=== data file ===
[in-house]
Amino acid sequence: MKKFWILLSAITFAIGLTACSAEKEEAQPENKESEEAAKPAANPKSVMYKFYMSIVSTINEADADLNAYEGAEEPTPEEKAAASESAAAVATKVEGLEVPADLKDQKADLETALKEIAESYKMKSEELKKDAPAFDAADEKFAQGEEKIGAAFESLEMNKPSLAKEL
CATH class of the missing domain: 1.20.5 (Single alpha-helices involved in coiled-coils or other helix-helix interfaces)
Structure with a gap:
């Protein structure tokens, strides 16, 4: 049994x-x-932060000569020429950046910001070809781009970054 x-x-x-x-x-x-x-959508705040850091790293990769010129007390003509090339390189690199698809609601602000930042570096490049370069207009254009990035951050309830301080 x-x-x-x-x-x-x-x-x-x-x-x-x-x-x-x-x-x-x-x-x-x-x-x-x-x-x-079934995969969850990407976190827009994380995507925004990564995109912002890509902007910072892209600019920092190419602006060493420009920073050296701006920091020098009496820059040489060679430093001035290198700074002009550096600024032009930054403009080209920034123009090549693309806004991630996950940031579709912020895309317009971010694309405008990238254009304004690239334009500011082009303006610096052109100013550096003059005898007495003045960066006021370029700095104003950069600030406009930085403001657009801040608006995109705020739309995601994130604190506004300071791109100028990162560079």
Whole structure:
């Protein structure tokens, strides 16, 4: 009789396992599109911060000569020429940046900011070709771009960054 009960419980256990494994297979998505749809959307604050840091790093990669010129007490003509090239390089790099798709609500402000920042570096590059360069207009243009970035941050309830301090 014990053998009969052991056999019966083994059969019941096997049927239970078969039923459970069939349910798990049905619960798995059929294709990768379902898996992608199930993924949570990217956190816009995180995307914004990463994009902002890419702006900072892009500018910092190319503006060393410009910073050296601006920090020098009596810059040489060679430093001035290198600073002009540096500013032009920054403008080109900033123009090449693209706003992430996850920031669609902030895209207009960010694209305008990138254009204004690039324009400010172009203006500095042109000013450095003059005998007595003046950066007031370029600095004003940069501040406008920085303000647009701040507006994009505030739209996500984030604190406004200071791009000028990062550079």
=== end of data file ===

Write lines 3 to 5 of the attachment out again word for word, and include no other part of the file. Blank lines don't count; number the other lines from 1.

CATH class of the missing domain: 1.20.5 (Single alpha-helices involved in coiled-coils or other helix-helix interfaces)
Structure with a gap:
């Protein structure tokens, strides 16, 4: 049994x-x-932060000569020429950046910001070809781009970054 x-x-x-x-x-x-x-959508705040850091790293990769010129007390003509090339390189690199698809609601602000930042570096490049370069207009254009990035951050309830301080 x-x-x-x-x-x-x-x-x-x-x-x-x-x-x-x-x-x-x-x-x-x-x-x-x-x-x-079934995969969850990407976190827009994380995507925004990564995109912002890509902007910072892209600019920092190419602006060493420009920073050296701006920091020098009496820059040489060679430093001035290198700074002009550096600024032009930054403009080209920034123009090549693309806004991630996950940031579709912020895309317009971010694309405008990238254009304004690239334009500011082009303006610096052109100013550096003059005898007495003045960066006021370029700095104003950069600030406009930085403001657009801040608006995109705020739309995601994130604190506004300071791109100028990162560079």